Because salmon cages are generally located in areas of low tidal activity and little current, waste products (principally excrement and uneaten food) accumulate on the sea bed under the cages. This leads to areas of the sea bed being poisoned, and can cause the blooms of toxic algae which affect, for example, shellfish. In extreme cases it results in 'red tides' which kill all marine animal life across a wide area.
There are other diseases and parasites associated with farmed salmon. Infectious Salmon Anaemia (ISA) and Gyrodactylus salaris are two. These can be transferred into rivers. A number of Norwegian rivers have been treated for Gyrodactylus - this basically involves pouring poison into the headstreams to kill every fish in the river. The rivers can then be restocked with healthy fish. This, so far as I am aware, is the only way of eradicating this parasite once it is present in a system.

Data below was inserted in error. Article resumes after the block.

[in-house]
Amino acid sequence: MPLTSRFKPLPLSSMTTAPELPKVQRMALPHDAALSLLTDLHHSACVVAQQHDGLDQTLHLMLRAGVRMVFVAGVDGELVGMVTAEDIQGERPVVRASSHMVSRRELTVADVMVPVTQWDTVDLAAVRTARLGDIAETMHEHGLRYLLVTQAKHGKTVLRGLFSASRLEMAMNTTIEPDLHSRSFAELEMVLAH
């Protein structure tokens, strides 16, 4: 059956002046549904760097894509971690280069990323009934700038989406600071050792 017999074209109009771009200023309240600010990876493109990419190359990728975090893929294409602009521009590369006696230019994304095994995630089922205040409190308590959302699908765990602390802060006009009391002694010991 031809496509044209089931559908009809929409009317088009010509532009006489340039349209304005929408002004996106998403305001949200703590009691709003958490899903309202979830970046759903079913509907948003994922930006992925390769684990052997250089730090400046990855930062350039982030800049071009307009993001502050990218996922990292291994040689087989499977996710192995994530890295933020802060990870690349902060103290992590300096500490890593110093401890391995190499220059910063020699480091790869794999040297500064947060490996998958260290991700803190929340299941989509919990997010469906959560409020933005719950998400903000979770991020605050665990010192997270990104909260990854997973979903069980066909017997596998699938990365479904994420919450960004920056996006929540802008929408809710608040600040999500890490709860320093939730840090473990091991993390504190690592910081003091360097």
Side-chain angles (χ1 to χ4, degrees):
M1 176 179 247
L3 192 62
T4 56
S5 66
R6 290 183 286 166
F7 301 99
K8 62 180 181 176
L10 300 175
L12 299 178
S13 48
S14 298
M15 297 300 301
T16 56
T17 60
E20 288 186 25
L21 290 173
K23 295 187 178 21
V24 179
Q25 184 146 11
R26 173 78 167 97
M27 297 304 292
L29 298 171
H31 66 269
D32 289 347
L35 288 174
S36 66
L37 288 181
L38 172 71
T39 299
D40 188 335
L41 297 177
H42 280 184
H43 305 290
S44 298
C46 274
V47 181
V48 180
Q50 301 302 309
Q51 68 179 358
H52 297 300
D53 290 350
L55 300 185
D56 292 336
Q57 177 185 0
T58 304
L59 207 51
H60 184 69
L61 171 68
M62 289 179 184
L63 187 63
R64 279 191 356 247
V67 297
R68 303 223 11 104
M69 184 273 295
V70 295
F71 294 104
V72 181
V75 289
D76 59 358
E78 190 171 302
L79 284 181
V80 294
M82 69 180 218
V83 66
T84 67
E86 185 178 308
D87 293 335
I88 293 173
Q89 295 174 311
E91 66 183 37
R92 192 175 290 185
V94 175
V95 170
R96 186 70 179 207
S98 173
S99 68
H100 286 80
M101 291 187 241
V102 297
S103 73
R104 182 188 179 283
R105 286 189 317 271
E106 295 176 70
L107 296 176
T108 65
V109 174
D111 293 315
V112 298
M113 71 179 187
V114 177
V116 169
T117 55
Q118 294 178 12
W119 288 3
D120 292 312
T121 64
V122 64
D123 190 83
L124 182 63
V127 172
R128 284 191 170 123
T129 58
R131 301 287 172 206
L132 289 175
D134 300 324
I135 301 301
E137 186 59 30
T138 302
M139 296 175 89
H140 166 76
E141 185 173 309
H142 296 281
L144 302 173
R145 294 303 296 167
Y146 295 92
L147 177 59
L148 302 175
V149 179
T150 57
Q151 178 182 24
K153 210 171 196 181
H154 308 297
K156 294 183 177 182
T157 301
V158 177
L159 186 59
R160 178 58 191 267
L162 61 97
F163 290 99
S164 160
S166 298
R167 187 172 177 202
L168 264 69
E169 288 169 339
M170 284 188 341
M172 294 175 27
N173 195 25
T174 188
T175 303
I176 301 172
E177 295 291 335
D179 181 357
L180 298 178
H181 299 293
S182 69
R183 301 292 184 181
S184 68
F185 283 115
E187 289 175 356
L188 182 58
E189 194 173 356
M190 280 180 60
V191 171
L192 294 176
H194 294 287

Occasionally large numbers of fish escape from farms. They will run up the nearest river and attempt to spawn. We are coming to understand more about the genetic integrity of individual populations of fish, adapted by natural selection over many generations to best suit their particular home river. And it is clear that a large number of 'alien' spawners in a river with already reduced numbers of native fish could dilute the genetic integrity of a population. These escaped fish can also carry the diseases mentioned above into the rivers.